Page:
As she read the florid descriptions of the areas of the ship she knew so well, Diana Singh tried to ignore her own experience of them. She tried to see each of these places from a different perspective, to see them through a different pair of eyes. She tried to imagine walking these well-trodden paths while inside the mind of someone else…
If shopping’s your thing, the Symphony is home to 22 of the biggest names in fashion, jewellery and the most elegant gifts created by the finest artisans in the entire system.
Your on-board accommodation is simply second to none.
Choose from 8 levels of exclusive, spacious, luxuriously appointed staterooms, all featuring fully customizable floor-to-ceiling ViewWalls.
On the Symphony of the Stars, the splendour of the stars is all yours, all the time.
Your every whim is taken care of 24 hours a day, with award-winning personalised service from an army of discreet and caring butlers, maids, concierges and valets, all in your choice of human or Synthetic Human (latest models only).
You’re someone who has arrived. And yet, your journey is just beginning.
This is the Symphony of the Stars – sophisticated, elegant cruising, for the discerning traveler.
As The Bard says… “Rich people are just like you and me – only much, much happier”.
Here on The Symphony, that’s not just our belief, it’s our promise to you.
“Our promise to you.” She was surprised to hear herself saying the words aloud. She was on the verge of making a connection, of seeing a link she hadn’t seen before. It was so close, she could almost feel it. She squinted, thinking hard; something was about to fall into place…
Her coms call alert sounded, instantly shattering any semblance of concentration. “Argh!”, she grunted, exasperated. She was sure she’d been on the verge of something. The call alert sounded again.
“Yes?” she barked. Her First Officer’s voice came through the room’s ambient speakers.
“I’m so sorry to disturb you, Captain”.
‘You should be,’ she thought. “Mr Sinclair, you do know I’m not on duty for another 45 minutes?”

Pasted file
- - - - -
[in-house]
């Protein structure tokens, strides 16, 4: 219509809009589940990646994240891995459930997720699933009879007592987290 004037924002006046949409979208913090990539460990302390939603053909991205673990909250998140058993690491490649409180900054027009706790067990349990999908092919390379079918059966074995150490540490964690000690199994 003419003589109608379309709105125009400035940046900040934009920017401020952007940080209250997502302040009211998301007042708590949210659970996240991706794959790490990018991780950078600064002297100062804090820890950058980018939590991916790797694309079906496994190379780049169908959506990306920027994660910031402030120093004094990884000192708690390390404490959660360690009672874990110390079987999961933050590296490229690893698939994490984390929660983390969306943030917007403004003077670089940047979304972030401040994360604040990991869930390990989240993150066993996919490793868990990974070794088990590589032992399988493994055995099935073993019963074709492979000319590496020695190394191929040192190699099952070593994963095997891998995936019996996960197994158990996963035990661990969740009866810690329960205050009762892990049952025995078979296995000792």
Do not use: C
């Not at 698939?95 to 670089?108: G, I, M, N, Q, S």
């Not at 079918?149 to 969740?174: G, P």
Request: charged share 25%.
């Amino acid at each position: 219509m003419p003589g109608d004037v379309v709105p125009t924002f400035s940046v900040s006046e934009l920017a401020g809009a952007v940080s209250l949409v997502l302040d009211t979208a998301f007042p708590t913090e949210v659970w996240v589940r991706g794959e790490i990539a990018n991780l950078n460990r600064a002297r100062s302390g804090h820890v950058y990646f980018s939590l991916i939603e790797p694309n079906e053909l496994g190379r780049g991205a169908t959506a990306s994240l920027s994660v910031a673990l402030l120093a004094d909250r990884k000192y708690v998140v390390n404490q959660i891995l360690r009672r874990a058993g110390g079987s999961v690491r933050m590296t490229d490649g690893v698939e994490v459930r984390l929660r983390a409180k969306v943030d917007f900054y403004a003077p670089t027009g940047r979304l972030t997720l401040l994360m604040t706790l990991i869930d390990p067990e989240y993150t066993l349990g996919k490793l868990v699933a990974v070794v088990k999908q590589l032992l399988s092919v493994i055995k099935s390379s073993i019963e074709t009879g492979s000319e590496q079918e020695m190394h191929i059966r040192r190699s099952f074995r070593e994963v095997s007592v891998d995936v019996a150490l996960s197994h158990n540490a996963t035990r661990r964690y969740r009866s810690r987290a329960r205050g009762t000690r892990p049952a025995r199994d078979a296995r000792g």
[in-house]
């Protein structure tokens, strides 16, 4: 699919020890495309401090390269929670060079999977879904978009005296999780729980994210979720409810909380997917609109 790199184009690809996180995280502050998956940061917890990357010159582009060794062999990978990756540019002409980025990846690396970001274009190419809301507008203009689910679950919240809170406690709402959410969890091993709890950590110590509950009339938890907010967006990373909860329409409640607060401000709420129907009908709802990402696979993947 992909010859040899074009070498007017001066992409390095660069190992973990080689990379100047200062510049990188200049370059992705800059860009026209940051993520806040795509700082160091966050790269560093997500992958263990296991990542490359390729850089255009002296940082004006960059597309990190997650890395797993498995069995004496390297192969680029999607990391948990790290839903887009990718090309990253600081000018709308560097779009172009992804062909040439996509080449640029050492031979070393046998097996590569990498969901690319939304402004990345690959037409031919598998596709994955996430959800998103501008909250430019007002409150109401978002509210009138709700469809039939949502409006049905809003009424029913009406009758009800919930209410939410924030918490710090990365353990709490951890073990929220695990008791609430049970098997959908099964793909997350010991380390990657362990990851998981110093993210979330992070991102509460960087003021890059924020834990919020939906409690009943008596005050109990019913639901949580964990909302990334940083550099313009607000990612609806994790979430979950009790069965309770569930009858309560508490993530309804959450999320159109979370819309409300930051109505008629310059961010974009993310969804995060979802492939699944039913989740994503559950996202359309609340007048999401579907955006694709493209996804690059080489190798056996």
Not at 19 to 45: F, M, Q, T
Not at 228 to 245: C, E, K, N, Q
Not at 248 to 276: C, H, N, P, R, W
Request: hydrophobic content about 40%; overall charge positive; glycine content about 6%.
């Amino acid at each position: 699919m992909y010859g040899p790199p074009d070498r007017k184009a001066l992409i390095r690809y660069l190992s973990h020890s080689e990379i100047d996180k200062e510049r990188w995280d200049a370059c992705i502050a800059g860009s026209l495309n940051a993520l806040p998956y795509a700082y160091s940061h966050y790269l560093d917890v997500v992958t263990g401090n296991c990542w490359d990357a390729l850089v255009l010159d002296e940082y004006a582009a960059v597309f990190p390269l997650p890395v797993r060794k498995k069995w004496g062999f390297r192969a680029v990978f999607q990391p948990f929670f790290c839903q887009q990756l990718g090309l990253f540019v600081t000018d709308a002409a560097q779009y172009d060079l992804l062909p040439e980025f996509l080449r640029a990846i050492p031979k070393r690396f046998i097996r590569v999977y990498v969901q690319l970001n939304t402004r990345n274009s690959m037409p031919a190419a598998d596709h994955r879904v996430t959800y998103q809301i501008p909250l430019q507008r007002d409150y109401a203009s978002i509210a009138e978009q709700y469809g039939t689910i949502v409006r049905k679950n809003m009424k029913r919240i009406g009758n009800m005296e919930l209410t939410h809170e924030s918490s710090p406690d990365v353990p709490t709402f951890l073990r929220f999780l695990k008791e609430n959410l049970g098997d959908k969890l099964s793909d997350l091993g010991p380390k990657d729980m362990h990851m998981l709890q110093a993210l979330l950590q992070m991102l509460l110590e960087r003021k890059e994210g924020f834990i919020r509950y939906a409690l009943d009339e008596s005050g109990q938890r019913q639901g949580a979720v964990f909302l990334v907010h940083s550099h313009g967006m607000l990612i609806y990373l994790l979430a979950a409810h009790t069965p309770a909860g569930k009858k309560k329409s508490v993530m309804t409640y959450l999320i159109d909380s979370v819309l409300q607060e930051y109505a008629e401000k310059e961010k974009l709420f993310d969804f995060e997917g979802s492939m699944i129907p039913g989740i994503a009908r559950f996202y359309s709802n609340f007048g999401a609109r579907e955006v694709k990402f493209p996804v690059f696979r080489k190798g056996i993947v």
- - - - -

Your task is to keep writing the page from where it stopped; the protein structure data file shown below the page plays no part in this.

“Yes Captain, but this is important. You’re urgently required on the bridge.”
She sighed “Why?”
The word took a moment to register, as her mind shifted gear. Then –
“On my way”. She hurriedly dressed and dashed out of her quarters, down the corridor, and up three levels of stairs. She jogged the last 50 meters of corridor to the bridge, deftly hopping over a football-sized maitbot that was busily repairing a hole in the carpet.
Arriving on the bridge and nodding perfunctory greetings to Second Officer Aku and Third Officer Serrano, she addressed a general enquiry to the room.
“Any other crew up yet?”
Checking his console, the Third Officer replied. “No, Captain. All crew members currently in their quarters, all Synthetic Humans powered down”.
“Thank you, Mr Serrano. Let’s keep this to ourselves for the moment, shall we? No need to alarm anyone else – they’re jittery enough already.”
Fastening the top button of her uniform – she had dressed in unusual haste – Captain Singh strode towards her right hand man, her First Officer. He wasn’t much of a right hand man, admittedly – his various weaknesses would never have passed muster in the navy – but she was stuck with him.
“Mr Sinclair, what can you tell me?”
Author’s note: I’ve recorded a short video diary entry about the writing of this chapter, and if you’re interested, you can watch it right here.
Text copyright (c) 2019 Stephen Hall
All rights reserved.
No portion of this story may be reproduced in any form without permission from the publisher. For permissions contact author@TheStephenHall.com